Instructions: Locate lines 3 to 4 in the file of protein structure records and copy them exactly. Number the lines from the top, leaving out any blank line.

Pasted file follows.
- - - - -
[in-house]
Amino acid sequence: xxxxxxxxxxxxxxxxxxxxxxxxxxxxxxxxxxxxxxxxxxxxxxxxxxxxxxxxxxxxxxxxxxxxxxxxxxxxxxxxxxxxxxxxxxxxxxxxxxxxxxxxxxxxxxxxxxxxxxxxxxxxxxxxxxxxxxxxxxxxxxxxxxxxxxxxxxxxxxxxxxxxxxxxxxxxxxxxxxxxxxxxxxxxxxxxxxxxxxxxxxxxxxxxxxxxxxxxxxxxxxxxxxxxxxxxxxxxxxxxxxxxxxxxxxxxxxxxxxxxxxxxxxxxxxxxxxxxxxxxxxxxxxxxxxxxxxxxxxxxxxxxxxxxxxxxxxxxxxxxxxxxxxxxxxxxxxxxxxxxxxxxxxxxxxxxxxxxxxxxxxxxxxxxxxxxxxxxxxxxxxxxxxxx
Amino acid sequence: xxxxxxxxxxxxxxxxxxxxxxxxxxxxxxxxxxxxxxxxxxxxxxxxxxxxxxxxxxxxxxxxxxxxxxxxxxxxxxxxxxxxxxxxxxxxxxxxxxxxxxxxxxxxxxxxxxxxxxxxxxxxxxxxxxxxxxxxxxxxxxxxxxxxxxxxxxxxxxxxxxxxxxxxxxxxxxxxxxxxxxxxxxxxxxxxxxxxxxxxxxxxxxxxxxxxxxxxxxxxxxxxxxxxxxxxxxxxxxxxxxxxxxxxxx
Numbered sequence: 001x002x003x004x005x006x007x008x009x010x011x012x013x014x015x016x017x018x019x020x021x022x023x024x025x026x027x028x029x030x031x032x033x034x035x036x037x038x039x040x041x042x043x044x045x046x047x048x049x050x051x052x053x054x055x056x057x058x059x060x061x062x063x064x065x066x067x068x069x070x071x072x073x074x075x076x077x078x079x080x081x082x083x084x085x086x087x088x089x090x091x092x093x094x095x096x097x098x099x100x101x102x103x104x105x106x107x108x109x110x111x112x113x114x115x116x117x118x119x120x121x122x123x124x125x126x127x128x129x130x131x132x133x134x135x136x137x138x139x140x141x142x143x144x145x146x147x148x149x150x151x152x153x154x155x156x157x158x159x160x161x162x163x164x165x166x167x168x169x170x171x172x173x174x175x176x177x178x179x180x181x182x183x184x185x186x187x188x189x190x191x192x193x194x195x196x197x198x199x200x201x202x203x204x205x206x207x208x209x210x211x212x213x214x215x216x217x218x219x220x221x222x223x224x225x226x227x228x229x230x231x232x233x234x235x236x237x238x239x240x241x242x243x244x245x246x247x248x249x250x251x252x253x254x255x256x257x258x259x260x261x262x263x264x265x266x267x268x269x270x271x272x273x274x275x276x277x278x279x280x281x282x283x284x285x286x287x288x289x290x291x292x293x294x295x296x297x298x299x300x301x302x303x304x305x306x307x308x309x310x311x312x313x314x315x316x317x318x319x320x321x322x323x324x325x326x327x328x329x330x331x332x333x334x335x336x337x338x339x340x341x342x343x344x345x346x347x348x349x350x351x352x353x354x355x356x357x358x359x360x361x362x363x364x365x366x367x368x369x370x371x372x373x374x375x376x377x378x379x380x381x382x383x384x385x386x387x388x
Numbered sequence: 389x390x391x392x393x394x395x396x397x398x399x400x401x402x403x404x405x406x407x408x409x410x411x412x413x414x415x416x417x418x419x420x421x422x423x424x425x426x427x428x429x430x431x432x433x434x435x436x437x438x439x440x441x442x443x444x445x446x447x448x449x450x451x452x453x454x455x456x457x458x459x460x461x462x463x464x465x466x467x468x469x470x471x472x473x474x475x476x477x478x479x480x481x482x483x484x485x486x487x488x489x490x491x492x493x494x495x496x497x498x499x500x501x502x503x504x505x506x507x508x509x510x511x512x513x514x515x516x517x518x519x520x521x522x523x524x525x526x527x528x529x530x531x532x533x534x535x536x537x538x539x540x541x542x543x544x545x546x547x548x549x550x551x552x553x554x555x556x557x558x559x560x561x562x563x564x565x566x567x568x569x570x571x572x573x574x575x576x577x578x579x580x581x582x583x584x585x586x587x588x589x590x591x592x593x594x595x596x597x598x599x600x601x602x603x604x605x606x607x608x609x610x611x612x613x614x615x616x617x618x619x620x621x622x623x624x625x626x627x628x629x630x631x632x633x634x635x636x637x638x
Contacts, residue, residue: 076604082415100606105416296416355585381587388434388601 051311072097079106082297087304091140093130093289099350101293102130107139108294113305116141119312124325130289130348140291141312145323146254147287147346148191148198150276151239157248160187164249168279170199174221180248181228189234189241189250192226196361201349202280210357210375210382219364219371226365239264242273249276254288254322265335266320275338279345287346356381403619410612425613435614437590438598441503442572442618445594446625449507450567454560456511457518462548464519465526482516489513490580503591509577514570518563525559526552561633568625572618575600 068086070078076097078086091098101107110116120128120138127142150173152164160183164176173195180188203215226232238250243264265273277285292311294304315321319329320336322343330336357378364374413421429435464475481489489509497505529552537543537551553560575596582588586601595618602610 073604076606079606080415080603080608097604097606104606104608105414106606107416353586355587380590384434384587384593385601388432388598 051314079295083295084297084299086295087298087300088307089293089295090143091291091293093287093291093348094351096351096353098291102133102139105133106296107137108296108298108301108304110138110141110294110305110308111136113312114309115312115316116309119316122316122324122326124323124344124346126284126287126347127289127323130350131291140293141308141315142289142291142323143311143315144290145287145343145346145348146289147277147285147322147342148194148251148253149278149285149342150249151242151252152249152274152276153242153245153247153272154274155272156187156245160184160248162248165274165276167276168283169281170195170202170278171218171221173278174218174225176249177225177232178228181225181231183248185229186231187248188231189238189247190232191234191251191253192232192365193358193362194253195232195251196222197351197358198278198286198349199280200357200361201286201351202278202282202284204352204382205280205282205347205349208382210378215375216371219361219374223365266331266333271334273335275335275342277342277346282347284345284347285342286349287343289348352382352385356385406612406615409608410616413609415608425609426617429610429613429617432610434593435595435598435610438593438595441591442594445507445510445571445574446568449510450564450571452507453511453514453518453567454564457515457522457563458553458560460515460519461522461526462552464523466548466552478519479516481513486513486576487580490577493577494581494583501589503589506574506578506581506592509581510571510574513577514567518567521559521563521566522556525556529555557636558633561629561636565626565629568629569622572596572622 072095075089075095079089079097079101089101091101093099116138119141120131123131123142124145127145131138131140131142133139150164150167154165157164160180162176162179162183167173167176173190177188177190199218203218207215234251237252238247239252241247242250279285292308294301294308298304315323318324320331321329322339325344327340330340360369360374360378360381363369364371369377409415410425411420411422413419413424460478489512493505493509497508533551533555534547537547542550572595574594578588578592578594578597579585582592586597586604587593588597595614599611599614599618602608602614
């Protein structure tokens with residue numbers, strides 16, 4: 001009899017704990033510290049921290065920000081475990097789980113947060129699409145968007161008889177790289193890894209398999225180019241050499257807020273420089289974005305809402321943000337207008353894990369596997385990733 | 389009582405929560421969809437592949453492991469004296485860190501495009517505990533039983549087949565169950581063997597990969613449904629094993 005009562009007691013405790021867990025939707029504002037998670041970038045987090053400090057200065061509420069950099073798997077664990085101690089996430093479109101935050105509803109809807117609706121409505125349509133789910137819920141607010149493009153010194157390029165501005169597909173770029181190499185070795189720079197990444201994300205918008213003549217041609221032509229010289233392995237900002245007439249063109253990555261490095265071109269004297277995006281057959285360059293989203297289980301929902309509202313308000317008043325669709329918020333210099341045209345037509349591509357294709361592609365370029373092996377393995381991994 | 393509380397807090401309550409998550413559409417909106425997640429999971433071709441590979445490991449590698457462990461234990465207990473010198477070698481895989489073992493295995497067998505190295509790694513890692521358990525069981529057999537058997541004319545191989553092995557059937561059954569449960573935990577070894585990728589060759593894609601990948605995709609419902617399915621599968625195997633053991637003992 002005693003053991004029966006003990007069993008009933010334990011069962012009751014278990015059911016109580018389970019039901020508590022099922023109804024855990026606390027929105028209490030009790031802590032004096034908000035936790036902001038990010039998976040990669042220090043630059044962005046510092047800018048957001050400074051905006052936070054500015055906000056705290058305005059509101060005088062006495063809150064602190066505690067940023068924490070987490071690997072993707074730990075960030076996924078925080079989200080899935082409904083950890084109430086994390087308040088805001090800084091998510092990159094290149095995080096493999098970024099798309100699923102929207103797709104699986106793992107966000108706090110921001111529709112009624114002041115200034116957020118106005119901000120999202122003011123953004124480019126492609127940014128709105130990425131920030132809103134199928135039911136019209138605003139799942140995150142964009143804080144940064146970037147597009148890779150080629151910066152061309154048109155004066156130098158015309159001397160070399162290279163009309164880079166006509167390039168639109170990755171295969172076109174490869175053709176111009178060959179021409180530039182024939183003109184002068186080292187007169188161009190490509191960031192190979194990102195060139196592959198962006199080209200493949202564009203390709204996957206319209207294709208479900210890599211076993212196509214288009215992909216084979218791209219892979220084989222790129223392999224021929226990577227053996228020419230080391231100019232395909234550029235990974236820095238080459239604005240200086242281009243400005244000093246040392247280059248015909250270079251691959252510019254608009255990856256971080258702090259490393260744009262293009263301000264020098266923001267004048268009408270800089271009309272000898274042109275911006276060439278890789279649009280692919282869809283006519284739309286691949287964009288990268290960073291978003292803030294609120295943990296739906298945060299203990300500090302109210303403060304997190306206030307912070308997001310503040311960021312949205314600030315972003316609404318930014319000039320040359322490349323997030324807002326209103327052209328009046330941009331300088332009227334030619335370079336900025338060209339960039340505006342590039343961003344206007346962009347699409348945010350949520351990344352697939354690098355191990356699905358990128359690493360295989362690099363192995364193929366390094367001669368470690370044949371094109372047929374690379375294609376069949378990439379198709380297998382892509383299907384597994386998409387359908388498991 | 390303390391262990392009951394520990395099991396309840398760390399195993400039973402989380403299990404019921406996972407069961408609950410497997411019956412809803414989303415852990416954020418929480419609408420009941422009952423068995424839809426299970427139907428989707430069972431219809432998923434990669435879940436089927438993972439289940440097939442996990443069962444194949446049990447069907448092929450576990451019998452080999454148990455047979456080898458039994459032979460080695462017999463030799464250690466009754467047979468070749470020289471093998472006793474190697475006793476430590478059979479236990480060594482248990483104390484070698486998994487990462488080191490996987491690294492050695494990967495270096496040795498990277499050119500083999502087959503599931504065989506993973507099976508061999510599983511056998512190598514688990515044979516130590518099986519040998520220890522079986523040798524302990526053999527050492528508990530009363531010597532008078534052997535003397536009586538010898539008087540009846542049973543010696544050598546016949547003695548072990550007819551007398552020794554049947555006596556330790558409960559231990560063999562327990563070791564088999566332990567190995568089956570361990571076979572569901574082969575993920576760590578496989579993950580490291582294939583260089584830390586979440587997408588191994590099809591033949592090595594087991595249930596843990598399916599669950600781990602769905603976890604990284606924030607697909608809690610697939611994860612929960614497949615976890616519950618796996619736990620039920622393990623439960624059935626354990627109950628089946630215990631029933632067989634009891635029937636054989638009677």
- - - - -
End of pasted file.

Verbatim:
Amino acid sequence: xxxxxxxxxxxxxxxxxxxxxxxxxxxxxxxxxxxxxxxxxxxxxxxxxxxxxxxxxxxxxxxxxxxxxxxxxxxxxxxxxxxxxxxxxxxxxxxxxxxxxxxxxxxxxxxxxxxxxxxxxxxxxxxxxxxxxxxxxxxxxxxxxxxxxxxxxxxxxxxxxxxxxxxxxxxxxxxxxxxxxxxxxxxxxxxxxxxxxxxxxxxxxxxxxxxxxxxxxxxxxxxxxxxxxxxxxxxxxxxxxxxxxxxxxx
Numbered sequence: 001x002x003x004x005x006x007x008x009x010x011x012x013x014x015x016x017x018x019x020x021x022x023x024x025x026x027x028x029x030x031x032x033x034x035x036x037x038x039x040x041x042x043x044x045x046x047x048x049x050x051x052x053x054x055x056x057x058x059x060x061x062x063x064x065x066x067x068x069x070x071x072x073x074x075x076x077x078x079x080x081x082x083x084x085x086x087x088x089x090x091x092x093x094x095x096x097x098x099x100x101x102x103x104x105x106x107x108x109x110x111x112x113x114x115x116x117x118x119x120x121x122x123x124x125x126x127x128x129x130x131x132x133x134x135x136x137x138x139x140x141x142x143x144x145x146x147x148x149x150x151x152x153x154x155x156x157x158x159x160x161x162x163x164x165x166x167x168x169x170x171x172x173x174x175x176x177x178x179x180x181x182x183x184x185x186x187x188x189x190x191x192x193x194x195x196x197x198x199x200x201x202x203x204x205x206x207x208x209x210x211x212x213x214x215x216x217x218x219x220x221x222x223x224x225x226x227x228x229x230x231x232x233x234x235x236x237x238x239x240x241x242x243x244x245x246x247x248x249x250x251x252x253x254x255x256x257x258x259x260x261x262x263x264x265x266x267x268x269x270x271x272x273x274x275x276x277x278x279x280x281x282x283x284x285x286x287x288x289x290x291x292x293x294x295x296x297x298x299x300x301x302x303x304x305x306x307x308x309x310x311x312x313x314x315x316x317x318x319x320x321x322x323x324x325x326x327x328x329x330x331x332x333x334x335x336x337x338x339x340x341x342x343x344x345x346x347x348x349x350x351x352x353x354x355x356x357x358x359x360x361x362x363x364x365x366x367x368x369x370x371x372x373x374x375x376x377x378x379x380x381x382x383x384x385x386x387x388x